Tuesday, November 26, 2019

Media Coverage: California Stem Cell Agency Receives Slight Whack in Los Angeles Times

California's $3 billion stem cell research program, now down to only $27 million, popped up in the Los Angeles Times this week in a piece that dealt with presidential politics, term limits and dubious ballot measures.

The mention consisted of only two paragraphs. But it demonstrated, at least for the state stem cell agency, the flaws of excessive generalization in P.T. Barnum's famous saying that “Any kind of publicity is good publicity as long as they spell your name right.”

Los Angeles Times columnist Michael Hiltzik wrote yesterday about "crowd pleasing" pitches to voters that actually contain "few virtues."  The starting point was term limits for congressmen and women. Hiltzik noted that such measures, in fact, do not serve the public well because they enhance the power of lobbyists. And then he went on to discuss ballot initiatives in California. 

Hiltzik, a Pulitzer Prize winner and author of "Big Science," wrote, 
"It's not unusual for ballot measures to win the approval of voters despite provisions that work directly against voters’ interests. That includes Proposition 71 of 2004, which created California’s $6-billion stem cell program. (See below for a look at the $6 billion figure and the nominal cost of the stem cell effort.)
"Proposition 71 was sold to voters as a gateway to cures for a host of intractable diseases, a promise hopelessly incompatible with the way science is done. Its promoters also tried to make a virtue out of its nearly total independence from legislative oversight, another artifact of anti-government sentiment. The stem cell program has indisputably supported excellent science, but its lack of legislative oversight remains a flaw."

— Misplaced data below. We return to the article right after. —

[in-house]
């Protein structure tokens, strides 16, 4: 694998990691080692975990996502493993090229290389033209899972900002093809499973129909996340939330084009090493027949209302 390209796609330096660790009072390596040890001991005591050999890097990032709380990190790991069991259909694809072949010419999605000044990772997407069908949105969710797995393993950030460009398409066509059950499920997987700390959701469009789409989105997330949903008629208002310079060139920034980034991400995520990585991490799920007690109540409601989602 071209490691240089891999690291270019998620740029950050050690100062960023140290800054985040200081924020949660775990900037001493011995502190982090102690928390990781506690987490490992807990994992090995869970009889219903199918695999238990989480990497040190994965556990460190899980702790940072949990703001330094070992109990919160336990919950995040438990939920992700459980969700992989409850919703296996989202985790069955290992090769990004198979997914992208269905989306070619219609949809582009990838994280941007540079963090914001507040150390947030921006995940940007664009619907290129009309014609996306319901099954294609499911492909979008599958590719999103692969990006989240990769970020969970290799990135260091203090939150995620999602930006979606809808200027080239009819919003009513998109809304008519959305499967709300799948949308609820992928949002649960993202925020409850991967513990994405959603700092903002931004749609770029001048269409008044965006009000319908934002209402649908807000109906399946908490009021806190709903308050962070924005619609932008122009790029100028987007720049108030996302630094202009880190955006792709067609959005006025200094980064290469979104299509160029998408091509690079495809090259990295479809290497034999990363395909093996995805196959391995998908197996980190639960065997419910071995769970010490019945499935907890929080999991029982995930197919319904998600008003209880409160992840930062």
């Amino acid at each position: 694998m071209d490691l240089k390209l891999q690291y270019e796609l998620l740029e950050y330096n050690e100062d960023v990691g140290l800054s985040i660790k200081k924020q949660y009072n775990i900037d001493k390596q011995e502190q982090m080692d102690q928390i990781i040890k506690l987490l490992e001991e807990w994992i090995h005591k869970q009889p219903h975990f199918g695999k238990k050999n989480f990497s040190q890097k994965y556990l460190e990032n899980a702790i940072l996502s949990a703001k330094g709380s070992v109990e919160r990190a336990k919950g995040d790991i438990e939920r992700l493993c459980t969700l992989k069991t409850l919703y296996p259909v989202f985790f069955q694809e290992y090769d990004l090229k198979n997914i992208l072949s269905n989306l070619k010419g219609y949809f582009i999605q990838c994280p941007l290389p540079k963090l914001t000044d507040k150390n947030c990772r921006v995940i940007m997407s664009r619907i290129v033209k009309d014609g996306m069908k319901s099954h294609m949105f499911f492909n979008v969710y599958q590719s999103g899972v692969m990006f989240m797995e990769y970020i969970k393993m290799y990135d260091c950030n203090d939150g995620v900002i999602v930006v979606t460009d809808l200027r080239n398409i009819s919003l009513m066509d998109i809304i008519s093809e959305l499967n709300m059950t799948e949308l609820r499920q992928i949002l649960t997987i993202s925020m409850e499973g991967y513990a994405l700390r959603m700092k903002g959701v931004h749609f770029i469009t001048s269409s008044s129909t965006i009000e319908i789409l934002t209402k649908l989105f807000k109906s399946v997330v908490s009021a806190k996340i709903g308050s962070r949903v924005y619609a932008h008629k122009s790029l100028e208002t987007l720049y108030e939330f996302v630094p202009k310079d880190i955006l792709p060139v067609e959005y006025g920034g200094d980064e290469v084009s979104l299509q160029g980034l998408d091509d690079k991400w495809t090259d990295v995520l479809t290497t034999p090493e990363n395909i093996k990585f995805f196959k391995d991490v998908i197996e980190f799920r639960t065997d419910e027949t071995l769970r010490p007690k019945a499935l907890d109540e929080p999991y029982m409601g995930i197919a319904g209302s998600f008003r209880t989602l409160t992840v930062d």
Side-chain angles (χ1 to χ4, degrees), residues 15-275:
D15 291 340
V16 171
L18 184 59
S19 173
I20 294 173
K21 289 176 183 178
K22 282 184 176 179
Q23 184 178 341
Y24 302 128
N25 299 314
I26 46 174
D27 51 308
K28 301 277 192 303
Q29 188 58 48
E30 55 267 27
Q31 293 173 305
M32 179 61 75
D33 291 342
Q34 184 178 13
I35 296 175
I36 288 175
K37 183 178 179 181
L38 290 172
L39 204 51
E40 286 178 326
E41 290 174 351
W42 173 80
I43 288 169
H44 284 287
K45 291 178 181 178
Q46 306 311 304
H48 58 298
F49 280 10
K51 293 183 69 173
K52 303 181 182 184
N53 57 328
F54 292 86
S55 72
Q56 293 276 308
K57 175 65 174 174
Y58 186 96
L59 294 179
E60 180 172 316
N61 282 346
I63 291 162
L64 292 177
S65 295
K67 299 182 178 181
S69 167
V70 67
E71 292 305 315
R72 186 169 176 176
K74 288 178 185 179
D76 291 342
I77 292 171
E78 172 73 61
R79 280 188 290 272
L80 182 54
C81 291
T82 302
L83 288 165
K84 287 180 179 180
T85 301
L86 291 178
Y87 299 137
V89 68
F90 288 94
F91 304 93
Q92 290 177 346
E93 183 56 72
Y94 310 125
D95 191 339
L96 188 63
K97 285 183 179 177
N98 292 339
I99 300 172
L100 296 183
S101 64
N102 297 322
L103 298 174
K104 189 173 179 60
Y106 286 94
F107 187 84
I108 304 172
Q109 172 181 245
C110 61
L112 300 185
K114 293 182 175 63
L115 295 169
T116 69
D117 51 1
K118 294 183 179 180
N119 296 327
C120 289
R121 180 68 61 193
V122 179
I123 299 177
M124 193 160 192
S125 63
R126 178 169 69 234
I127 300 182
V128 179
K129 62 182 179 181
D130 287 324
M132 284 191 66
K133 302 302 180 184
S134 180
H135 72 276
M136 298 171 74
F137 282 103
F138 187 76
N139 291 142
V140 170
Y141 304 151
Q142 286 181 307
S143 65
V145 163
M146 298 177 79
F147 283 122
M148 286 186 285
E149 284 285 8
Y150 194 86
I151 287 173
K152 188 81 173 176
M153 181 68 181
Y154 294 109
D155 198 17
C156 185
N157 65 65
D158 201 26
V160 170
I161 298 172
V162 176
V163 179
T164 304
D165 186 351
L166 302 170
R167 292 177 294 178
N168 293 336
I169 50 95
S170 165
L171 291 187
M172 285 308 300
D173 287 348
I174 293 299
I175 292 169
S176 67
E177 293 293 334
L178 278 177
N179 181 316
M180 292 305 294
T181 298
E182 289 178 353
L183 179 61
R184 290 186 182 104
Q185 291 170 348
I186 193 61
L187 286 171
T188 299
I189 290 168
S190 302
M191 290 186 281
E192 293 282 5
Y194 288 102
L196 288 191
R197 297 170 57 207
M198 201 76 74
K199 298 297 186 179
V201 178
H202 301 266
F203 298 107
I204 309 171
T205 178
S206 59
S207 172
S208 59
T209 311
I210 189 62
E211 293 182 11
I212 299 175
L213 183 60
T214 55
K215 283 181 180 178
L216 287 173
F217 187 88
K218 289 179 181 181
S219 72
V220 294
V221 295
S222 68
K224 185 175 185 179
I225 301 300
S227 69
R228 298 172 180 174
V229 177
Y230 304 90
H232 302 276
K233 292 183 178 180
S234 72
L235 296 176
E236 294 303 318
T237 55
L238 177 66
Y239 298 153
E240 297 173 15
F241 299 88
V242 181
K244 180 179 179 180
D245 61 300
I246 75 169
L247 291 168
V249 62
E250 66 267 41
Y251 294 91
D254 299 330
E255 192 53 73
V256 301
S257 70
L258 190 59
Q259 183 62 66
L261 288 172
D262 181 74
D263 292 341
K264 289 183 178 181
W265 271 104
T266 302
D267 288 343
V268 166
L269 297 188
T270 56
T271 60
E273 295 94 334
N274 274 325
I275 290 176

The lack of legislative oversight will continue under the proposed 2020, $5.5 billion ballot initiative that is now before California election officials. If approved by voters in 11 months, the initiative will save the California stem cell agency from financial extinction. 

The new initiative is sponsored by Robert Klein, the first chairman of the state stem cell agency. Klein's measure does not address a number of sharp criticisms of the program, including those found in a $700,000 study of the agency by the prestigious Institute of Medicine

Klein's new initiative is sort of a son of Proposition 71. Klein also directed the writing of the 2004 measure, which did not provide any source of stem cell funding beyond the $3 billion in state bonds. 

As for the $6 billion figure cited by Hiltzik, it originated in a 2004, state ballot analysis of Proposition 71. The figure was an estimate of the total cost, including interest, to taxpayers of the stem cell agency, which is financed by $3 billion borrowed by the state. 

The interest estimate did not anticipate the 2008 Great Recession and the related drop in interest rates. The latest estimate is that the total will be about $4 billion. Read more about that estimate here. 

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